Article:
One of the mysteries of the English language finally explained.
Used to express anger or frustration.
- ‘They are desperate to prove to themselves, and the world, that they're as good, no better, dammit!’
- ‘Trains aren't supposed to get that close to waves, dammit!’
- ‘It's images of the Northern Lights like this which make me wish that I lived a few degrees further north, dammit!’
- ‘I am officially on the wagon as they say, for the next month or so, and dammit!’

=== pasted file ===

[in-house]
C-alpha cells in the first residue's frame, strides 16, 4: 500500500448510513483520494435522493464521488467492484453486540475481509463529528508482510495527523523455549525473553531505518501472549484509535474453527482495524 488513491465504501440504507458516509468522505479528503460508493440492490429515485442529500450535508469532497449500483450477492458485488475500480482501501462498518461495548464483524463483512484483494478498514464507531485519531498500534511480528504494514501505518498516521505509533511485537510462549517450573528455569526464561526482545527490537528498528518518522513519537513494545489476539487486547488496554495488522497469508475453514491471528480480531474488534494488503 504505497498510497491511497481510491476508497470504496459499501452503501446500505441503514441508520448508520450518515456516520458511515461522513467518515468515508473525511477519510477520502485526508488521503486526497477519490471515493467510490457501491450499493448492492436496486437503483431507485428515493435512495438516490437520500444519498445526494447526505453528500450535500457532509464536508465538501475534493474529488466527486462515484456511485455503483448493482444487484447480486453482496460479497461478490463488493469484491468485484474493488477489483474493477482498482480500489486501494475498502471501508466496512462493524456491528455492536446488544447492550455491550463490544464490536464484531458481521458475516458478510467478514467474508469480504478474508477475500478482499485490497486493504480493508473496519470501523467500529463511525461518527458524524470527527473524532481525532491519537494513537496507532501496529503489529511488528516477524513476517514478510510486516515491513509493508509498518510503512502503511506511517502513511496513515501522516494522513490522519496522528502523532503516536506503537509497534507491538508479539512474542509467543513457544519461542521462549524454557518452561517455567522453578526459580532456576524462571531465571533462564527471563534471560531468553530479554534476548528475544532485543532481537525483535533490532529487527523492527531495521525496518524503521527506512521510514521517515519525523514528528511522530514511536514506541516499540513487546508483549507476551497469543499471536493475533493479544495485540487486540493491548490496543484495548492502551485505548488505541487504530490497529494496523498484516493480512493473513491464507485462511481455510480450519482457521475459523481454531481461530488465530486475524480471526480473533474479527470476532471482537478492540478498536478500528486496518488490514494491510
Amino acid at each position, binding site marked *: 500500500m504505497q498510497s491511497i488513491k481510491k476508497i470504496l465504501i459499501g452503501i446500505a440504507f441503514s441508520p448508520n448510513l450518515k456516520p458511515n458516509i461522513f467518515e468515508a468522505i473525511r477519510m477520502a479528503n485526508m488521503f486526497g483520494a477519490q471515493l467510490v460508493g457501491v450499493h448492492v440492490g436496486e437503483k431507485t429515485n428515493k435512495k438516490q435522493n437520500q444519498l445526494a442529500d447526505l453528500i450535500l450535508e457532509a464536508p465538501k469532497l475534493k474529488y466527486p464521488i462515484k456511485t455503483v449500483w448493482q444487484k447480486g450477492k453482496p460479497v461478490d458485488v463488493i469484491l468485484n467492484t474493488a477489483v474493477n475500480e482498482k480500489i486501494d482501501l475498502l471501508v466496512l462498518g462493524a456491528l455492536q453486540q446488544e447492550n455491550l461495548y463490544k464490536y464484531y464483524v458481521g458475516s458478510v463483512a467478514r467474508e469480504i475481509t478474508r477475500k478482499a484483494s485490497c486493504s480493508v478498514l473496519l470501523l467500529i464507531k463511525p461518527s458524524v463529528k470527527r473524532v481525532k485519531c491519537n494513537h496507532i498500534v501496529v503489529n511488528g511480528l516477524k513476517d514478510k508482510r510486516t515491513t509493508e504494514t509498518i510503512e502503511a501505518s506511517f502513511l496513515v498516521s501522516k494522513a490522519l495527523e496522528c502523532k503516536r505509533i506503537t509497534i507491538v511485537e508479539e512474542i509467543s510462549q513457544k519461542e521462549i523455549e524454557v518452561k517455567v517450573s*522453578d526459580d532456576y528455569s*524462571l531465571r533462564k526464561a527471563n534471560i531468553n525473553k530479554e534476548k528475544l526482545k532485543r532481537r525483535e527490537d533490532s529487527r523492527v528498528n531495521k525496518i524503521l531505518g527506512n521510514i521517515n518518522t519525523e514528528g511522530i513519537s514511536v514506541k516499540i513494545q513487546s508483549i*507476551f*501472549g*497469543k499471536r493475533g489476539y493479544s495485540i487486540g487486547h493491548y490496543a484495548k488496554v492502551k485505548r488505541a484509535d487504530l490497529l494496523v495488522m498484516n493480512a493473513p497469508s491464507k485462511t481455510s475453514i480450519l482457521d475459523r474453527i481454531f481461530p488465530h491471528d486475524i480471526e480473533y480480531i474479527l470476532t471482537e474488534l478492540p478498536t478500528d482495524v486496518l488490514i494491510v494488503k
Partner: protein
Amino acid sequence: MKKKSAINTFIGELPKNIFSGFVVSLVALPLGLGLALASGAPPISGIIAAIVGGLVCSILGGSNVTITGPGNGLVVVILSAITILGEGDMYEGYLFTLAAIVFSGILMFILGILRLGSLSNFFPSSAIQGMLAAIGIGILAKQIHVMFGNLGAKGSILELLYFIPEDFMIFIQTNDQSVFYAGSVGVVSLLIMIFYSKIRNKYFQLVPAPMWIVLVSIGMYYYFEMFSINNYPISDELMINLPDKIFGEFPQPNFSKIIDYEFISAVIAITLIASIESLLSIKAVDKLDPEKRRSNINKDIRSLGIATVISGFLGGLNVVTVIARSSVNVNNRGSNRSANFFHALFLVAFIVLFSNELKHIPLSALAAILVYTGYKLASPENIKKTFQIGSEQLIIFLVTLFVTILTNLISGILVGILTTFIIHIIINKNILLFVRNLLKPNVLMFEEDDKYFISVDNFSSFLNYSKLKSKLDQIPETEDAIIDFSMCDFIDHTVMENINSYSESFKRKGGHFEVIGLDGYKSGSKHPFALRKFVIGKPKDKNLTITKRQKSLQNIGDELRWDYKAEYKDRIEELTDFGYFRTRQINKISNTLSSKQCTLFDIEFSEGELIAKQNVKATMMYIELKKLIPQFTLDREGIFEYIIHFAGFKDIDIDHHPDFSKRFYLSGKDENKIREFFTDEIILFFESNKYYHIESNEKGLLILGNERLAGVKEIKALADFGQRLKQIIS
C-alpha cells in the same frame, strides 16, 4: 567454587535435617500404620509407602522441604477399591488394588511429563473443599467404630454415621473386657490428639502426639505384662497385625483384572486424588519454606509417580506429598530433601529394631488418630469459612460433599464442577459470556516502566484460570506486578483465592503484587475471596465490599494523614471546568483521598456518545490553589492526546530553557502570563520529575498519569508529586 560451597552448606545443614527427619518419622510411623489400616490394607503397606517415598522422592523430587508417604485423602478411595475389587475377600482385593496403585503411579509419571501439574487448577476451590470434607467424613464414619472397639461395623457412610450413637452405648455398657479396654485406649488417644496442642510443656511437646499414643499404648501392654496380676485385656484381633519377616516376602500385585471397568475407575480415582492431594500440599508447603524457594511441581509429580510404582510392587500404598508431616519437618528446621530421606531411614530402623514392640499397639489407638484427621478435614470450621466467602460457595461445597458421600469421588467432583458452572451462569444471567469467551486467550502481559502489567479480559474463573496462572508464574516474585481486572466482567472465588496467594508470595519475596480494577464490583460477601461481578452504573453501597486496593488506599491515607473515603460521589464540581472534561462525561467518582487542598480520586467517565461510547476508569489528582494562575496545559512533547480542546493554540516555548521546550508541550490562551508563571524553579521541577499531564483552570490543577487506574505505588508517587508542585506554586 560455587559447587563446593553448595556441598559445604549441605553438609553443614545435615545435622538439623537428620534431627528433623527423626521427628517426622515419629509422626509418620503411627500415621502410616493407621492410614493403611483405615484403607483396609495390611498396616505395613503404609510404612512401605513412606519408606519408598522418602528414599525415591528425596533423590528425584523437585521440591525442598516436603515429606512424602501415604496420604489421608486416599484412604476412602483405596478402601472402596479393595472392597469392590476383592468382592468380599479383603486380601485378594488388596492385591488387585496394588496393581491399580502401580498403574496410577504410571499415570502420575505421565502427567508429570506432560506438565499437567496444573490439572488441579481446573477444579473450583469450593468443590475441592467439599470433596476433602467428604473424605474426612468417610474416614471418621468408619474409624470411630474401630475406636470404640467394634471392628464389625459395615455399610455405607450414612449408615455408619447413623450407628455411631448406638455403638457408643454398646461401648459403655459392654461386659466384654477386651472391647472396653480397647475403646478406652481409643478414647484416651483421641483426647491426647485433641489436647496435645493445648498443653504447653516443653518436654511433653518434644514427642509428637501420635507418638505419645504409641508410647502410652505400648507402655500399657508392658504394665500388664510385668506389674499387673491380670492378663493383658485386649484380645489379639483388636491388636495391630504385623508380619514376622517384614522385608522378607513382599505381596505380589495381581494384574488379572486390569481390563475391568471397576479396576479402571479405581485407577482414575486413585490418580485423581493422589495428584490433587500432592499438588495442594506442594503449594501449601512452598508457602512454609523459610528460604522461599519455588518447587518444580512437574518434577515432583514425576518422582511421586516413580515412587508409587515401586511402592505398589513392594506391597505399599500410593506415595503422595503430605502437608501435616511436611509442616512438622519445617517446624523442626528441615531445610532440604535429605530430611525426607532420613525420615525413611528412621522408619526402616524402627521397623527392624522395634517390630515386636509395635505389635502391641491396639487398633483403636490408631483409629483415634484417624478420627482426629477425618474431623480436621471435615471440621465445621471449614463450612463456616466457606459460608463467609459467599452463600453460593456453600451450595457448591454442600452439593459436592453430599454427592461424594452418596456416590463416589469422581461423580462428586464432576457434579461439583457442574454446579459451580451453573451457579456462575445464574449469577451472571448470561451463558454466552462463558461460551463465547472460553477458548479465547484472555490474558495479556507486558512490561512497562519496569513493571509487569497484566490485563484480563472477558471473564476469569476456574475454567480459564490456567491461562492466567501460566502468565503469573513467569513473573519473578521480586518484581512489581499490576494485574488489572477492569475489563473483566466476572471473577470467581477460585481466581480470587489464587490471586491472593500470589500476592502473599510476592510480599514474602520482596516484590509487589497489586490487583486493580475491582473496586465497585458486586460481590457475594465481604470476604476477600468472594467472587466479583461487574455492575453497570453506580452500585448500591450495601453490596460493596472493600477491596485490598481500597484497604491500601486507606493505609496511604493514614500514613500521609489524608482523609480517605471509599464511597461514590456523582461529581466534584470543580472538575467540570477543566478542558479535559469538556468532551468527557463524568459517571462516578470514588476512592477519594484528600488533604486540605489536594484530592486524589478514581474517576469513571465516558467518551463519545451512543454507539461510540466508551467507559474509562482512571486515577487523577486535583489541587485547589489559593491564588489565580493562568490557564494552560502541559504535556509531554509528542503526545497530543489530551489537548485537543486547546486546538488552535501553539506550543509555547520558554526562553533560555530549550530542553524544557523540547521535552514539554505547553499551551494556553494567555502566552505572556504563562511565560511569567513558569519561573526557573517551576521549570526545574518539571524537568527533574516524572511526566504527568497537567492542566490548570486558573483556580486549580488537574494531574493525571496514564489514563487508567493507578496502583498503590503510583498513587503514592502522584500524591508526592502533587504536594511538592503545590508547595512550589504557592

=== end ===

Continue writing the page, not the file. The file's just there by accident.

- ‘He is giving the cable company a choice - a choice they never gave him, dammit!’
- ‘We'd just prefer a composer who, rather than hiding his expressive potential, expressed something, dammit!’
- ‘We told them that we did not want them to fix it - we want a brand new washer that works the first time we use it, dammit!’
- ‘I suppose I'm a bit of a hoarder in many ways, but that was my data, dammit!’
- ‘First she was Miss Universe, now she's a travel show host… they're my dream jobs, dammit!’
- ‘Sure the film is somewhat sappy and manipulative but its sappy and manipulative in a manly way dammit!’
Mid 19th century: alteration of damn it.
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